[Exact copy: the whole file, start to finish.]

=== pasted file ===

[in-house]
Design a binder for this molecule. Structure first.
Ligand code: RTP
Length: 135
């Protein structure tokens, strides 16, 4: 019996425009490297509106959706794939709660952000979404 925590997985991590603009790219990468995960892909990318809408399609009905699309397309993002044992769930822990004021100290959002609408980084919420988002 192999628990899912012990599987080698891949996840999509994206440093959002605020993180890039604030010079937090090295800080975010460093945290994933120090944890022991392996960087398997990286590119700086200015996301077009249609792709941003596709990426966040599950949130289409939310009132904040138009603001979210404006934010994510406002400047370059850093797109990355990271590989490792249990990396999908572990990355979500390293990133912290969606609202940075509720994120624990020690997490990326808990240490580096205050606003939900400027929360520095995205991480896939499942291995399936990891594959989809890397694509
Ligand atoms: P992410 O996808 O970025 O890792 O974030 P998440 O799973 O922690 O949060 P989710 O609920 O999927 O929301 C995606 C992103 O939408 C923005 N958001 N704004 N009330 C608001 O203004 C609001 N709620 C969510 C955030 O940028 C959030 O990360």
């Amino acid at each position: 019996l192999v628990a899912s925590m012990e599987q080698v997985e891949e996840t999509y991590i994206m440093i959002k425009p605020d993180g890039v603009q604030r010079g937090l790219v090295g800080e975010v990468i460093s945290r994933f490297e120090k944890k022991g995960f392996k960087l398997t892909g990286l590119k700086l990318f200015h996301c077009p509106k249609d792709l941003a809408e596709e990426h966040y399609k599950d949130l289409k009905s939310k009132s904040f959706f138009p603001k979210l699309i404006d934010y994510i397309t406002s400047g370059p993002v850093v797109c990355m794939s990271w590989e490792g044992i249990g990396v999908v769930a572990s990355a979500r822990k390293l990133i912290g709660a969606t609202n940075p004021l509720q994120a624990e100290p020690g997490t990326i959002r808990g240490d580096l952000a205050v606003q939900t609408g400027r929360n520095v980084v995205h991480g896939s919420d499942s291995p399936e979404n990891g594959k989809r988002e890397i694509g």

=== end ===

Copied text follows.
[in-house]
Design a binder for this molecule. Structure first.
Ligand code: RTP
Length: 135
């Protein structure tokens, strides 16, 4: 019996425009490297509106959706794939709660952000979404 925590997985991590603009790219990468995960892909990318809408399609009905699309397309993002044992769930822990004021100290959002609408980084919420988002 192999628990899912012990599987080698891949996840999509994206440093959002605020993180890039604030010079937090090295800080975010460093945290994933120090944890022991392996960087398997990286590119700086200015996301077009249609792709941003596709990426966040599950949130289409939310009132904040138009603001979210404006934010994510406002400047370059850093797109990355990271590989490792249990990396999908572990990355979500390293990133912290969606609202940075509720994120624990020690997490990326808990240490580096205050606003939900400027929360520095995205991480896939499942291995399936990891594959989809890397694509
Ligand atoms: P992410 O996808 O970025 O890792 O974030 P998440 O799973 O922690 O949060 P989710 O609920 O999927 O929301 C995606 C992103 O939408 C923005 N958001 N704004 N009330 C608001 O203004 C609001 N709620 C969510 C955030 O940028 C959030 O990360």
């Amino acid at each position: 019996l192999v628990a899912s925590m012990e599987q080698v997985e891949e996840t999509y991590i994206m440093i959002k425009p605020d993180g890039v603009q604030r010079g937090l790219v090295g800080e975010v990468i460093s945290r994933f490297e120090k944890k022991g995960f392996k960087l398997t892909g990286l590119k700086l990318f200015h996301c077009p509106k249609d792709l941003a809408e596709e990426h966040y399609k599950d949130l289409k009905s939310k009132s904040f959706f138009p603001k979210l699309i404006d934010y994510i397309t406002s400047g370059p993002v850093v797109c990355m794939s990271w590989e490792g044992i249990g990396v999908v769930a572990s990355a979500r822990k390293l990133i912290g709660a969606t609202n940075p004021l509720q994120a624990e100290p020690g997490t990326i959002r808990g240490d580096l952000a205050v606003q939900t609408g400027r929360n520095v980084v995205h991480g896939s919420d499942s291995p399936e979404n990891g594959k989809r988002e890397i694509g």